Turkey is in the oven, family is still sleeping, and I have some time to kill before my day becomes a balancing act… and that’s what this timely post is all about. The balance of time. Spend enough time as a practicing musician and you’ll eventually start asking yourself if anyone you know, including yourself, knows how to do anything besides count to the number 4. Ask a few more questions, do some digging, and you’ll drop down through the rabbit hole into the world of ‘odd’ time signatures, polyrhythms, paradiddles, compound meter, and other time-twisting pleasures.
4/4 time is the de-facto standard for popular music. Sure 3/4 was popular back in the day (the day being oh some 100+ years ago) but 4/4 remains strong because it allows our minds to effortless glide through a piece of music on our base instincts. Left foot – right foot – left foot – right foot, tick – tock – tick – tock, wax on – wax off, etc. For the most part our western world is guided by the on-off switch and it takes quite a bit of effort to break this vicious cycle so we can explore other musical worlds.
When first delving into odd signatures… a phrase which I despise because it immediately casts the subject matter as less than acceptable… most people struggle with the overall mechanics of the count. It’s important to understand the counts and basic mechanics, but far more important to move beyond that as quickly as possible and develop a sense of ‘feel’ to the meter. Just like with the practice of scales, one must make the practice musical in order to avoid rigidity (and being a bore.) Nobody wants to listen to you sing “One and Two and Three and Four and Five and” over and over.
So before we get into counts we should take five…
Play this piece for anyone you know, including non-musicians, and they will almost immediately recognize it from TV or film… and be able to follow it. Well it’s 5/4 time. If odd signatures are generally considered too complex then how is this possible? Simply put, it’s not projected as a musical theory project, it’s feel and that is what connects with the listener. Now let’s have Brubeck hurt us a little…
When I first listened to Unsquare Dance I got angry because I couldn’t keep up… even with the intro primer handclaps I just got lost. It’s 7/4. I can follow it on feel, but deconstructing it seemed to take a Herculean effort on my part. I needed a way to increase my knowledge of odd time signatures which led me to Bounce Metronome.
Check out this 5/4 visualization
Now how about a 5/4 over 4/4 polyrhythm?
The visual and sound approach provided by this app is by far the best I have found for quickly learning the feel of time signatures. Within a short timeframe I was able to get over Unsquare Dance and even start developing that sense of anticipation in the alignment of polyrhythms. Go on and check it out… make the time.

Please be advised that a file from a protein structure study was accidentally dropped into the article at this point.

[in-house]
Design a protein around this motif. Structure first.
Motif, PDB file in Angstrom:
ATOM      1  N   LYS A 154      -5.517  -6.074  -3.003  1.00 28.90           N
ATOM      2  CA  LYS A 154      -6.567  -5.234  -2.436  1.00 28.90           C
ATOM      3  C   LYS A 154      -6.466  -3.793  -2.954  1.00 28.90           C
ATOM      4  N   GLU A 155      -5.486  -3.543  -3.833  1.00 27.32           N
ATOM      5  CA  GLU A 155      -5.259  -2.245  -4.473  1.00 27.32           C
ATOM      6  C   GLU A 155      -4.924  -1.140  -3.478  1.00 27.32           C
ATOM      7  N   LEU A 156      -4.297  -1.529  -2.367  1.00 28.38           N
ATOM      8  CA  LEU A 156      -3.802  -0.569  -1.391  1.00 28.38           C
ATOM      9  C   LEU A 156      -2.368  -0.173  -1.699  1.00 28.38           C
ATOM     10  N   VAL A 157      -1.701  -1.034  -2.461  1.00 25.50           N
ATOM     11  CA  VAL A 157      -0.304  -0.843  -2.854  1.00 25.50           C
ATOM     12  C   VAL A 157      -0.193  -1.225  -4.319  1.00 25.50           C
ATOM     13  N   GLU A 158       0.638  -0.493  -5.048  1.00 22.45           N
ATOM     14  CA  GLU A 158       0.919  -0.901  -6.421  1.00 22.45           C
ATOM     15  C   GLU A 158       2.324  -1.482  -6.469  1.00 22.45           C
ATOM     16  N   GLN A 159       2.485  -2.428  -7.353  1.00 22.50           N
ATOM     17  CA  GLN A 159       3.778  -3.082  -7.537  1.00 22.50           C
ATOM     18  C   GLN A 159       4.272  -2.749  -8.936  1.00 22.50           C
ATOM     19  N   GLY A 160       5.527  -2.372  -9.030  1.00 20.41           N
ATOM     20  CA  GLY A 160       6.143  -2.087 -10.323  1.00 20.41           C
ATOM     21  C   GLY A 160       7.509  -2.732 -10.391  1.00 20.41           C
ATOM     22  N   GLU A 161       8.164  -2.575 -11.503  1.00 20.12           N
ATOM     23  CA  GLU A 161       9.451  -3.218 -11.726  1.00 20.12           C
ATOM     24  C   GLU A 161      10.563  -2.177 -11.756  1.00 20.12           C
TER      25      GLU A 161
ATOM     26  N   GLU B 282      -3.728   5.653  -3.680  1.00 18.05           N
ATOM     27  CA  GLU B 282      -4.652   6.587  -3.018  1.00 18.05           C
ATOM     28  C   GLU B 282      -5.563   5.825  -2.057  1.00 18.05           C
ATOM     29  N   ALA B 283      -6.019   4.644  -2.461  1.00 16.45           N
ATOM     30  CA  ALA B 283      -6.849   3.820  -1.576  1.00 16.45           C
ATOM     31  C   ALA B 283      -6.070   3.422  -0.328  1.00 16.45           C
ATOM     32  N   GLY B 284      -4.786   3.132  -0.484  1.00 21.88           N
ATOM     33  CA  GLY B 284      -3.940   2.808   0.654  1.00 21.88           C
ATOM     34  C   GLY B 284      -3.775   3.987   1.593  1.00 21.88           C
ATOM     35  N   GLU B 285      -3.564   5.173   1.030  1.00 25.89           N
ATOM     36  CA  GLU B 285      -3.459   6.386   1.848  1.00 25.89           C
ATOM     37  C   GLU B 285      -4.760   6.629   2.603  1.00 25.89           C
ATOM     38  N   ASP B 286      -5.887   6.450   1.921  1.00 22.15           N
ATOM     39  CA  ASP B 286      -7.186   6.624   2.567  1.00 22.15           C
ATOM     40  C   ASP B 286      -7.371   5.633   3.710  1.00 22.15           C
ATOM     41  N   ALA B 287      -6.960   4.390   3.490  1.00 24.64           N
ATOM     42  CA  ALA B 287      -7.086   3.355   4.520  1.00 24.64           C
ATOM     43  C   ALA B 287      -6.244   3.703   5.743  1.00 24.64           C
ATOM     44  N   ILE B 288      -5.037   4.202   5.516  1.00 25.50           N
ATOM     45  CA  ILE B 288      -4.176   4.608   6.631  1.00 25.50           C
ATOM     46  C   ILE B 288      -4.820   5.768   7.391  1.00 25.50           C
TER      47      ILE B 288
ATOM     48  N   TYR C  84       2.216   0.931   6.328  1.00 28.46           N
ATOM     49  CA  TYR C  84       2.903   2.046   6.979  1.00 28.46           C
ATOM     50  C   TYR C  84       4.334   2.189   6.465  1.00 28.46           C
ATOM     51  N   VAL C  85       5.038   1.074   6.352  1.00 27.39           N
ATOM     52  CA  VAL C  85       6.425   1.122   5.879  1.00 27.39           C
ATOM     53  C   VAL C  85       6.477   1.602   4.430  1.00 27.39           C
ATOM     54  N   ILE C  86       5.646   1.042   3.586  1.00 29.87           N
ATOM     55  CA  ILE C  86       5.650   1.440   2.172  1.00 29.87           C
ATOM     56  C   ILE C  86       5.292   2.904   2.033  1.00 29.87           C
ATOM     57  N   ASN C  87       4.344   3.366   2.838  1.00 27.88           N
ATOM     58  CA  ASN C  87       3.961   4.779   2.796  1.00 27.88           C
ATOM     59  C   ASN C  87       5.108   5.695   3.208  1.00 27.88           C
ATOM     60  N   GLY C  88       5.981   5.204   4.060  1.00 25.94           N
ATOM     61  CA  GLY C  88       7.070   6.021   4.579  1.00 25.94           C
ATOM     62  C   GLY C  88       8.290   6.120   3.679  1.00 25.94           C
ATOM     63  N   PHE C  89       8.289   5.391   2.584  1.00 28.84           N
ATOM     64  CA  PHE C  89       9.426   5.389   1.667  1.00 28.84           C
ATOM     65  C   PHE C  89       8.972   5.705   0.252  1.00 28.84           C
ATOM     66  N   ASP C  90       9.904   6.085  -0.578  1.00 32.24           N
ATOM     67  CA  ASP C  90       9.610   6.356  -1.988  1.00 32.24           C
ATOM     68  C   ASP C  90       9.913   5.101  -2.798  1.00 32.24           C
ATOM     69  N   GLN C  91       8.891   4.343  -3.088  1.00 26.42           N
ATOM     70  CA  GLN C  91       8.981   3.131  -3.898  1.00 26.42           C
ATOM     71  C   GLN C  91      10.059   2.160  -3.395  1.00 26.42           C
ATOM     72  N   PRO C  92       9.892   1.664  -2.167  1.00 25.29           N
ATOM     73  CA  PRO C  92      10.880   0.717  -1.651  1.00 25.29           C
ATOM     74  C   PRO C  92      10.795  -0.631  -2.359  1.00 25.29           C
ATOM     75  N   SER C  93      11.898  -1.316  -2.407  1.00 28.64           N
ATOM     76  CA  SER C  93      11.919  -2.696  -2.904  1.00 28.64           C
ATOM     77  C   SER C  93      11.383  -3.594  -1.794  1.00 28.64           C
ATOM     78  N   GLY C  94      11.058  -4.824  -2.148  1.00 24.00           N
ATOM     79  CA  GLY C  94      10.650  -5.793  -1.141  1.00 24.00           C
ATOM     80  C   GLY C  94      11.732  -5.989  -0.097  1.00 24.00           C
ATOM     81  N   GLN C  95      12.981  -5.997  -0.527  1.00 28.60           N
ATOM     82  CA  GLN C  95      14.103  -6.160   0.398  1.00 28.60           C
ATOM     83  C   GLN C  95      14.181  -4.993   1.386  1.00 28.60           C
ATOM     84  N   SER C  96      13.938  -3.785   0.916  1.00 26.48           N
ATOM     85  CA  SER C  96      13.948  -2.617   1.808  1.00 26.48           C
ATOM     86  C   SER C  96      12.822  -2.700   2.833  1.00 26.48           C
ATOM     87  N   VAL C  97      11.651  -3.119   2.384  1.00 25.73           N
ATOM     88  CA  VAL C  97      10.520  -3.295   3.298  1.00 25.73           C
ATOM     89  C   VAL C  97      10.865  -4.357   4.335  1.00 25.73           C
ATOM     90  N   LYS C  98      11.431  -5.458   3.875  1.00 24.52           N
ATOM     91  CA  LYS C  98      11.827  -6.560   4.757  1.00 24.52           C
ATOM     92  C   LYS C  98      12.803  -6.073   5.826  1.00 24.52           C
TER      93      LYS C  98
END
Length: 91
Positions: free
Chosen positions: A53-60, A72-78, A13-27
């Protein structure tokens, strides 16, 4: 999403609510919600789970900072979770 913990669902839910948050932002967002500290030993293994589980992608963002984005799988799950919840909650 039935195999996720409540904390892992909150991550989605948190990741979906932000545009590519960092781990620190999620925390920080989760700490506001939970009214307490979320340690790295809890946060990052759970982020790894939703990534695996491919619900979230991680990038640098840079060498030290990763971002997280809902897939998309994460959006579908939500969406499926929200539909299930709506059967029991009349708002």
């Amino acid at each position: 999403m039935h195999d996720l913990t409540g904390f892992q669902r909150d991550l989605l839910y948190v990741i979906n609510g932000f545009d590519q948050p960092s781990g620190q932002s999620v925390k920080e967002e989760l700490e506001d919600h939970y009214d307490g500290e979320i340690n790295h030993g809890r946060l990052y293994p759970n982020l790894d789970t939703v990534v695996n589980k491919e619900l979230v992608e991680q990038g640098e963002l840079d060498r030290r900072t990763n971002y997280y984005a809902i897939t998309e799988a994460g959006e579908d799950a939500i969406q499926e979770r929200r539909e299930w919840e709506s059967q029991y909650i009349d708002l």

Recently I was considering purchasing a USB powered MIDI interface for my development/composition laptop. The idea here being that I would flop some 30+ foot long cables from the composition desk over to the recording desk and DAW. SoftSynths are ok but they often lack detail in harmonic overtones that will rear their nasty heads when you start pushing performances through a more realistic set of samples. I’ve been working on a few things and just got tired of exporting MusicXML to the DAW for previews. I was looking for real-time.
For whatever reason (probably my reluctance to part with cash) I decided to look and see if anybody had virtualized MIDI over LAN. I remember Steinberg made some early attempts with this type of thing long ago for net jams and MIDI has skirted around a CAT5 type connection so surely somebody just got smart and decided to ‘packetize’ the messages in a client/server app. Yes.. they did.
In all fairness, Mac has had this for awhile but I’m still in PC world. It’s rare I find a PC based MIDI utility that actually works… that’s why I’m posting this. In a matter of minutes I was able to setup my DAW as a server and connect to it from the laptop client. Running Finale on the client machine I was generating live MIDI over the network to my Midex8 hooked up to a Yamaha P-60. The best part? The laptop was on a wireless connection so I can freely pop into the next room to sit on the couch and still listen to performances or even edit without having to switch back to localized SoftSynth sounds or go back in the studio.
I was asked if there were any videos of the pedalboard in use. At the moment all I have is this older video of me noodling around with the system. The sound is from a room mic on the camera so it’s not the best quality but the video shows interaction between the board and DAW/VST.